Two recent trademark cases in Benelux and the UK have landed significant blows to notorious millionaire Michael Gleissner’s unprecedented trademark activity. According to one expert, they clearly demonstrate that IP offices are “not a playground for vexatious parties”.
In a promising development, the Court of Appeal of The Hague has set up a confidentiality club to allow the alleged infringer to submit confidential information in trademark proceedings.
Less than a year into Christian Archambeau’s tenure as executive director, the EUIPO is laying the groundwork for future expansion. World Trademark Review’s annual focus on the office assesses current operations, reveals the most proactive filers and explores how the agency is taking a global view of trademarks.
Senior IP counsel Joeri Mombers provides a detailed insider’s view of lighting giant Signify's "once in a lifetime" trademark project.
The Benelux Convention does not provide for protection of unregistered trademarks, the only exception being the protection of well-known marks as prescribed by the Paris Convention.
In the fourth of our five-part series, trademark counsel from law firms across Europe provide an overview of the performance of their countries’ EU trademark courts over the past two years.
The Court of Appeals of The Hague has ruled in favour of Russian state enterprise FKP in the long-running dispute between FKP and Spirits International BV over the ownership of several vodka marks.
The District Court of The Hague has ruled in favour of adidas in the main proceedings of its saga against H&M regarding the companies' respective stripe marks.
The court of first instance has refused to grant an injunction against the sign SINA, finding no risk of confusion or association with the word mark SITA. Both marks were registered for rice sold in Middle-Eastern supermarkets or restaurants. The court held that the relevant public would be able to distinguish that ‘Sina’ is the name of a well-known Islamic scholar and philosopher, whereas ‘Sita’ is a girl’s name.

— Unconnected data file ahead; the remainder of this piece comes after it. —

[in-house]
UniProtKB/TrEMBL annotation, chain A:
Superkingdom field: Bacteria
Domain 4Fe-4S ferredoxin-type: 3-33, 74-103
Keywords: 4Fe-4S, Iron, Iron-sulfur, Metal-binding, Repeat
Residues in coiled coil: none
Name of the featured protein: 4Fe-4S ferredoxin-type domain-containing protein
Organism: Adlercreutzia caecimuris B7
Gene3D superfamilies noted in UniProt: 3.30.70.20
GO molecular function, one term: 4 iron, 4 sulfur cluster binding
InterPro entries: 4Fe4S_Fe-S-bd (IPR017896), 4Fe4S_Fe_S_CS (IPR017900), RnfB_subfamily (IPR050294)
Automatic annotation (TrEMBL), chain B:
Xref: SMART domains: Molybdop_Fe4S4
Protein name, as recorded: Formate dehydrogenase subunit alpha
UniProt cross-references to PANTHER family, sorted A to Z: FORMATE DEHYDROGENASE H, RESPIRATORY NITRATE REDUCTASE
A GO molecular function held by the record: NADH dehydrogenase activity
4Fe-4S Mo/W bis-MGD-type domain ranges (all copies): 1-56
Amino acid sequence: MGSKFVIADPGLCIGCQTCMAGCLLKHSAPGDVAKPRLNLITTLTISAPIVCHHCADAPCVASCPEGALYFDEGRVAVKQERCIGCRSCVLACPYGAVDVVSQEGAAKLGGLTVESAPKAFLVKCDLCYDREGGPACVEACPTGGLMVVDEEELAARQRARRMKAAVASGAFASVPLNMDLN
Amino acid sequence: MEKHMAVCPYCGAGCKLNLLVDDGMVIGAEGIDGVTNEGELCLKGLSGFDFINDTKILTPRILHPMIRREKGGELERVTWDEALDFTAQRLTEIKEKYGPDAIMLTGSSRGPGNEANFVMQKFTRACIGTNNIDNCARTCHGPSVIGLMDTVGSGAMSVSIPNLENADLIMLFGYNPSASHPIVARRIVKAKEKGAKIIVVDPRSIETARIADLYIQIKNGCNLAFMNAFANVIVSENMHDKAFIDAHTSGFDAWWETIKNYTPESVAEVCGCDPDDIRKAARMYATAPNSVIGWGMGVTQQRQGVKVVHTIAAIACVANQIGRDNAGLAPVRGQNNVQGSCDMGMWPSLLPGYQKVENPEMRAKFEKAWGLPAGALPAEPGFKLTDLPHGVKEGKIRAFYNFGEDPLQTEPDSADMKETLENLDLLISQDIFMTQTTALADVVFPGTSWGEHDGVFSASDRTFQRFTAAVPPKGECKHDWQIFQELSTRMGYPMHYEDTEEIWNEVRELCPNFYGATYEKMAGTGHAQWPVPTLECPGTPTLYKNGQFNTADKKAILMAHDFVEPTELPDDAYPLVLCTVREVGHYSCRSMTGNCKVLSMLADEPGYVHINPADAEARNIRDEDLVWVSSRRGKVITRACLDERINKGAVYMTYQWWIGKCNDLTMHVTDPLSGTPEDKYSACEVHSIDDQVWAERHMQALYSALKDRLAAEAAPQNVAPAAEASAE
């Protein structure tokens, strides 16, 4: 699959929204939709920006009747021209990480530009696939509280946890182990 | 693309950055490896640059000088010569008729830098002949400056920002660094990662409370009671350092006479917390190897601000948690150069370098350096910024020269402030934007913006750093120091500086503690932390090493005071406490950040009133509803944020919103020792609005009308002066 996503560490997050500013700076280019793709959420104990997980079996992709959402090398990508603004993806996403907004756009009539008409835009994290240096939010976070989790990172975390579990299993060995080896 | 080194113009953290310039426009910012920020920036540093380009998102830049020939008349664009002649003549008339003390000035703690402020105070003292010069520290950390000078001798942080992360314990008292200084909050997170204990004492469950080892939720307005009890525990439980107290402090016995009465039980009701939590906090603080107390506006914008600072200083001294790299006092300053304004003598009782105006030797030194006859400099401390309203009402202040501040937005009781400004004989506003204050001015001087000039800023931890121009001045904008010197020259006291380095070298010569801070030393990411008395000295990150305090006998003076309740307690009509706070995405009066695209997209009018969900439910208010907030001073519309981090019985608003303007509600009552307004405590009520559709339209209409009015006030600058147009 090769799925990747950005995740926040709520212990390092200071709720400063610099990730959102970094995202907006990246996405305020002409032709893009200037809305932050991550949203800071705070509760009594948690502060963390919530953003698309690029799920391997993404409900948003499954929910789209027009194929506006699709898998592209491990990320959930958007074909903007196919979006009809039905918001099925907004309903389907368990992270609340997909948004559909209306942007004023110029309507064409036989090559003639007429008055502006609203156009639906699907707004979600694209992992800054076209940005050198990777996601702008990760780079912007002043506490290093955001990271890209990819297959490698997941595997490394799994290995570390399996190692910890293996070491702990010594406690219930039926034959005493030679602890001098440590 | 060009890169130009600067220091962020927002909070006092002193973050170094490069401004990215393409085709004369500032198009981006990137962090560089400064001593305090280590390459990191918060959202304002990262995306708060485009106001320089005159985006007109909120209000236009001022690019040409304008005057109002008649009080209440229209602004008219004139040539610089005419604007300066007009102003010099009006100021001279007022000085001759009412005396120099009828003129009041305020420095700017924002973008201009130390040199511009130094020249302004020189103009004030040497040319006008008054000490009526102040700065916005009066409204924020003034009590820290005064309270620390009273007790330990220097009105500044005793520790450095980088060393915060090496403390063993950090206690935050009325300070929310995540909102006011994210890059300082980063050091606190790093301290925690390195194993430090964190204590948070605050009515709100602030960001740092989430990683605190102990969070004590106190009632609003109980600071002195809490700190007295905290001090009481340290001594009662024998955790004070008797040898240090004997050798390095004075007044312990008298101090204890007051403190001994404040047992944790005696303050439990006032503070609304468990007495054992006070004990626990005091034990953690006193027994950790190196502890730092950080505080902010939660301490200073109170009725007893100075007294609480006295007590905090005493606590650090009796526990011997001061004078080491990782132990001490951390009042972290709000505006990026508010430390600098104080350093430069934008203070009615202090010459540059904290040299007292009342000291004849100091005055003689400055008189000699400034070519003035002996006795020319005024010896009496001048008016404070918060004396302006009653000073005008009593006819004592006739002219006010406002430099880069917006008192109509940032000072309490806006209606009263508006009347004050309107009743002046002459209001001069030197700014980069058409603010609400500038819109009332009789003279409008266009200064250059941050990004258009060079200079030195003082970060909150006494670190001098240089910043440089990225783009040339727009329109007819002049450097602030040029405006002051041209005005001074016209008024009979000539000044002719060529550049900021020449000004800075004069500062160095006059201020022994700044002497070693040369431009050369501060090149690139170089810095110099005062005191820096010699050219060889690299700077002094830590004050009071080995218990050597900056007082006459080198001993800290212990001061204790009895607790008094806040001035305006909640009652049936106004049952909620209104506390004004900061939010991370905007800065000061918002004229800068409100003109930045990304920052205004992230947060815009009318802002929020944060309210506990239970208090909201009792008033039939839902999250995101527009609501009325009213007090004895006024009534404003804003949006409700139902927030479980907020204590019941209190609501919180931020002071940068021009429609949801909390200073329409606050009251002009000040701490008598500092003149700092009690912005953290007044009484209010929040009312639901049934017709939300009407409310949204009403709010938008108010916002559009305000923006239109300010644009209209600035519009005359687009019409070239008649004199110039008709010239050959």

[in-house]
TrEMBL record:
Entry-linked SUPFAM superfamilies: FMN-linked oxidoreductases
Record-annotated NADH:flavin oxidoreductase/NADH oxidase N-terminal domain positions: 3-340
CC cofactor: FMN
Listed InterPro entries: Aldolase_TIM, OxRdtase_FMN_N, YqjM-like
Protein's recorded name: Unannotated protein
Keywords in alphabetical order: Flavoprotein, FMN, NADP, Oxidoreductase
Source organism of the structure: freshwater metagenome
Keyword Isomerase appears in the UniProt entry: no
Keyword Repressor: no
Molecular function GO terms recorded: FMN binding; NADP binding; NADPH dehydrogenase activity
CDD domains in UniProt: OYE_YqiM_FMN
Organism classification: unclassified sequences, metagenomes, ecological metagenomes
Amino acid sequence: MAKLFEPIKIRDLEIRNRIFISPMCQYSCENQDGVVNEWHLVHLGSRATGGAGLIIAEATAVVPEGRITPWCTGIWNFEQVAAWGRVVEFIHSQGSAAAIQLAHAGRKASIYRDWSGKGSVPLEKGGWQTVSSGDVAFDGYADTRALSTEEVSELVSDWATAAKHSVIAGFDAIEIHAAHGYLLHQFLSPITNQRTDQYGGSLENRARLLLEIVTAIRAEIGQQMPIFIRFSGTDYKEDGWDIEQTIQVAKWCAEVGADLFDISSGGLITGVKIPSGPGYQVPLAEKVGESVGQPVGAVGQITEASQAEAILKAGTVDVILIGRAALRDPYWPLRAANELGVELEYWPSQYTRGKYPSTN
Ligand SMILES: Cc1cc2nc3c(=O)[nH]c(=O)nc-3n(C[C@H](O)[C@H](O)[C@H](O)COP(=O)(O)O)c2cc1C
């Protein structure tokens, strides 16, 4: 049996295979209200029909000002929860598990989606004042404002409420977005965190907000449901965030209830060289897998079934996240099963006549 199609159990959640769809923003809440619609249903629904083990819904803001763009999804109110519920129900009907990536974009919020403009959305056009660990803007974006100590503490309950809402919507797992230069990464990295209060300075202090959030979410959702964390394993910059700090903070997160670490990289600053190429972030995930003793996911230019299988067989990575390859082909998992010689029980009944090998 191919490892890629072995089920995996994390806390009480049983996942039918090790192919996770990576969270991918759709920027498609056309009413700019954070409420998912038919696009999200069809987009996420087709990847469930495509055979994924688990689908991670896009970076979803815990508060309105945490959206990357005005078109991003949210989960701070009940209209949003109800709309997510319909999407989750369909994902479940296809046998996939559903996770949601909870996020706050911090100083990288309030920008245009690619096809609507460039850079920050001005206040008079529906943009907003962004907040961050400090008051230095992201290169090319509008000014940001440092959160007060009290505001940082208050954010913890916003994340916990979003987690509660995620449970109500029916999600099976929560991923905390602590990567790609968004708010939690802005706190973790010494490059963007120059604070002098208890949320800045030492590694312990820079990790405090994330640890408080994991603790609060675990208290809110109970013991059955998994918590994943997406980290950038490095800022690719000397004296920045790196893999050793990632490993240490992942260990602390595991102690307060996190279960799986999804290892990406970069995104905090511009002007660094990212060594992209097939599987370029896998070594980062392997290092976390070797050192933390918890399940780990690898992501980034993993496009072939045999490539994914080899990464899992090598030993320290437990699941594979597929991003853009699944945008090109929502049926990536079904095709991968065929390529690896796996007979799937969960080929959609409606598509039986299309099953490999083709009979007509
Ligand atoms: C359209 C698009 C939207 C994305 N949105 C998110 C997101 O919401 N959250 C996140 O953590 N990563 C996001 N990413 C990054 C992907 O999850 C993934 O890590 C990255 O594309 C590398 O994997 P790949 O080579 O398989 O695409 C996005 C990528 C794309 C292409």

Many brand protection strategies still focus on bulk seizures, customs training and border protection. However, success depends on protecting your company against online counterfeiting and piracy in a way that fits the realities of the digital age.
The European Commission’s latest annual report into EU customs enforcement has found that the level of suspected counterfeit articles detained by authorities rose by 15% year-on-year, with the number of applications for action up by a startling 59% across the same time period. While the estimated value of the detailed articles totals nearly €650 million, one expert claims the report could be massively underestimating the scope of the problem.
Preliminary injunctions can be a valuable tool for rights holders, but they are not always straightforward to obtain. Lawyers from Hogan Lovells provide a comparative global overview of strategies for obtaining them in different jurisdictions
The Internet is all about opportunities, freedom and boundless communication. People and companies all over the planet are connected as never before. To put it simply, the Internet means new perspectives. Unfortunately, it is equally about risk.
Following the decision of the ECJ in Frisdranken Industrie Winters BV v Red Bull GmbH, the Dutch Supreme Court has ruled that the mere filling of cans for energy drinks bearing a sign which is similar to a protected trademark does not constitute use of that mark where the cans were supplied by another party which affixed the sign to the cans and on whose instructions the cans were filled.